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NZ’s first multi-community artist-in-residency programme announced


 

Community focused, creative enabling Project in Waikato (photo supplied)

Whiria te Tāngata (Weave the People together) is an amazing, one of its kind programme which focuses on community focused, creative enabling.

With support from Creative Waikato and financial backing through Manatū Taonga’s (Ministry of Culture and Heritage) innovation fund, Ten Independent Artists have been chosen to weave creativity and wellbeing into the diverse and under-represented communities they are already activating across the Waikato.

In September 2022 , an open call went out for artists and submissions came in floods. The shared intent each of the applicants presented toward the outward focus of positive community growth, wellbeing and impact through their creative practice, affirmed the necessity for this exploration in social innovation to exist.

From the submissions, Ten Independent Artists have been chosen to weave creativity and wellbeing into the diverse and under-represented communities they are already activating across the Waikato. With support from the team at Creative Waikato, and financial backing through Manatū Taonga’s (Ministry of Culture and Heritage) innovation fund.

Faces of Social Impact-Benny Marama, Emiko Sheehan, Fay Purdie-Nicholls, Ifat Vayner-Itzkovitch, Isaiah McIver, Margaret Feeney, Matt Sephton, Melanie Allison, Oriwa Morgan Ward, Sasha McGaughran (photo supplied)

Over 12-months beginning 1st December 2022, each artist will; receive a part-time wage supporting 20hrs mahi a week dedicated to the kaupapa, be connected to an industry mentor to expand and support their learning and delivery, and have Creative Waikato in their back pocket to lean on when needed, including the dedicated support and guidance of Whiria Te Tāngata Project Lead – Leafā Wilson.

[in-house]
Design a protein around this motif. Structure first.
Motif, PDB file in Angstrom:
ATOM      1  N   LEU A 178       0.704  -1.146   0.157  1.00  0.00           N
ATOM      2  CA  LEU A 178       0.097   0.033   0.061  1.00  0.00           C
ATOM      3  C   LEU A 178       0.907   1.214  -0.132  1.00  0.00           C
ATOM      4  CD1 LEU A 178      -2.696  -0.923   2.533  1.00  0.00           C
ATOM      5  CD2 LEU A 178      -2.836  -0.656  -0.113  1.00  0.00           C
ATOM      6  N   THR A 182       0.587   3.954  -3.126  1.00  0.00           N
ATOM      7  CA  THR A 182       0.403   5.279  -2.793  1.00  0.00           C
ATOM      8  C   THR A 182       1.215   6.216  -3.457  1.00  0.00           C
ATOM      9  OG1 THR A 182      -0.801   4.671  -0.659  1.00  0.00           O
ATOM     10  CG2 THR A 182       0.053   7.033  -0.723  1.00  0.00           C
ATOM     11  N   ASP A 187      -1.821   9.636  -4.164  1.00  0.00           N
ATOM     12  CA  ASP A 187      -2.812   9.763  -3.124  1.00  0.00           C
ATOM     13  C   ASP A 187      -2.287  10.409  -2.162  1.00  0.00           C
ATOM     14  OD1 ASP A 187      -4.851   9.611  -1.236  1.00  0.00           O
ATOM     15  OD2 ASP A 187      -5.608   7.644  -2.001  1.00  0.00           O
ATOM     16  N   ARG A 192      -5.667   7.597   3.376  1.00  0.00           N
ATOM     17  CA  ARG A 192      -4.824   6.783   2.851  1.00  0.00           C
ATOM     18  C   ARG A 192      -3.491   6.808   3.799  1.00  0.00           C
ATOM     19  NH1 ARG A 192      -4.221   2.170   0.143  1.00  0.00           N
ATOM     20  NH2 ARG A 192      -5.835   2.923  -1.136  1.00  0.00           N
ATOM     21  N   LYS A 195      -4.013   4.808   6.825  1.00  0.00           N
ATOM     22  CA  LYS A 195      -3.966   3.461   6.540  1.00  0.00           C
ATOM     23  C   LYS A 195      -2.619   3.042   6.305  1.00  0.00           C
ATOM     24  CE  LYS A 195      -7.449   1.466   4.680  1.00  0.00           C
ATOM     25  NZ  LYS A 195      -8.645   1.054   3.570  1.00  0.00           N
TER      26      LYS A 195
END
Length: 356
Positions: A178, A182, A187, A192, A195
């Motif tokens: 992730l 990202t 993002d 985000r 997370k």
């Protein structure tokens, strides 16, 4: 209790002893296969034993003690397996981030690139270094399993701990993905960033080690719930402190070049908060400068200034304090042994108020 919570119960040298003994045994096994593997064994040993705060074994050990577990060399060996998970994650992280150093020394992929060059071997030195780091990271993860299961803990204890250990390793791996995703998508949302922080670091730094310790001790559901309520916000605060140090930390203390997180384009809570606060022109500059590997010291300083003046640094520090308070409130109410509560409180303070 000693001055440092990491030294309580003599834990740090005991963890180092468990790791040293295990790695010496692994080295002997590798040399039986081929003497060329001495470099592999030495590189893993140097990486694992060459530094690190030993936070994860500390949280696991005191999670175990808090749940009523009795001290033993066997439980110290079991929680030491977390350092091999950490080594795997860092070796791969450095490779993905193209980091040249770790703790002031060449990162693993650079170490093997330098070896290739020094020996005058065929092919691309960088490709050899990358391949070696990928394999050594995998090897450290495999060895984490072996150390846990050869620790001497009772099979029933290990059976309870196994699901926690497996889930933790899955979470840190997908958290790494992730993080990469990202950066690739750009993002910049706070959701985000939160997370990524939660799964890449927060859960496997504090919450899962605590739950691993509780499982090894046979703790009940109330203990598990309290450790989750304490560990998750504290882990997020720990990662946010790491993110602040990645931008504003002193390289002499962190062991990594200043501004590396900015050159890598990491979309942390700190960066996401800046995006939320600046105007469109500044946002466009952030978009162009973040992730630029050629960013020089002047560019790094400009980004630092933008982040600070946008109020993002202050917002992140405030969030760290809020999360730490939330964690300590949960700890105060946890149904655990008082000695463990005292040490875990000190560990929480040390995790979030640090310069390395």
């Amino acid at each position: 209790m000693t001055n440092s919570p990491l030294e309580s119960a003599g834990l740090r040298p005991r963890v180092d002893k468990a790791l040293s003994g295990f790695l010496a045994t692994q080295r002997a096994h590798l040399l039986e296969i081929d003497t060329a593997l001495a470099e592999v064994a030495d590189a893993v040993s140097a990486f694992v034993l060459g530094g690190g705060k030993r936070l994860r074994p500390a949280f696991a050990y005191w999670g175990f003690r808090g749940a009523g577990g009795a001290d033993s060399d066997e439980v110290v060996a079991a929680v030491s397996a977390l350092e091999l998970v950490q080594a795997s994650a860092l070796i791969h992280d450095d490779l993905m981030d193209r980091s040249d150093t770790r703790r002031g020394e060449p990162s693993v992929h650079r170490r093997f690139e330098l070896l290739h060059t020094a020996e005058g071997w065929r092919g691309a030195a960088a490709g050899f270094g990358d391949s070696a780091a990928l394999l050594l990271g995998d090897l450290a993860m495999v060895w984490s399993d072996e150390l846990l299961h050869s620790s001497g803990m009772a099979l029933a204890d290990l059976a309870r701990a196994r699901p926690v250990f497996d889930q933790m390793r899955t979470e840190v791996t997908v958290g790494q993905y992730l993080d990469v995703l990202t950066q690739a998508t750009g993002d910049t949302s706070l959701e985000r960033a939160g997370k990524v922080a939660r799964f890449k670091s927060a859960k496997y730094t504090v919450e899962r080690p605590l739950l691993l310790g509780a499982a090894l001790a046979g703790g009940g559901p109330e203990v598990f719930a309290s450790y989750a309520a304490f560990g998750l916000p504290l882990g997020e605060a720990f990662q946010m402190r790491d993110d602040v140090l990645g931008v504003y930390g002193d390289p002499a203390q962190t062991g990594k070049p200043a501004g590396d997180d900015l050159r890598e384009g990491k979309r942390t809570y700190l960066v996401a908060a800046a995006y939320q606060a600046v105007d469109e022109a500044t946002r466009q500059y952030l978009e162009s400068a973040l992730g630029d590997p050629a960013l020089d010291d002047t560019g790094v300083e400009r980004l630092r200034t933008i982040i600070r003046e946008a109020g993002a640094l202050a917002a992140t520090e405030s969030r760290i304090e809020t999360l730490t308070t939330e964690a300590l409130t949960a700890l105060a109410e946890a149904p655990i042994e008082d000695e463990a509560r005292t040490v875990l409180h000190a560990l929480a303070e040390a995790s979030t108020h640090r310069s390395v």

Leafā Wilson, The project Lead Whiria Te Tāngata said “Something is emerging in the creative consciousness of the world. I see it as the world awakening to the fact that we feel better when we experience music, visual art, literature and performing arts in our lives. On a small scale, Creative Waikato is fortunate to have found 10 inspired and hapori-focused artists to launch Whiria Te Tangata into our Waikato communities.”

The selected group stood out for their already shared vision, reinforced as the 10 came together for a welcoming wānanga event that immediately brought to the surface a clear thread of similar intent, optimism and excitement for the scope of possibility this opportunity will allow them to create and sustain in their communities.

Following on from the release of Creative Waikato’s Wellbeing and Arts, Culture and Creativity in the Waikato Report, CEO Dr Jeremy Mayall is excited to be leading a new initiative that “really champions these insights through investing in creative enablers who are directly connected with people in their communities.”

He said “There has been an emergence of understanding about the vital role of arts, culture, and creativity as a fundamental part of being human, as well the broader value of having these things accessible for everyone to engage with. We have seen examples of similar ‘artist wage type’ projects in San Francisco, Ireland, and New York, and it is great to join those communities in championing the work of artists and creative enablers and leading new pathways for social impact and change.”

Praneeta Mahajan is an Indian Newslink correspondent based in Hamilton.

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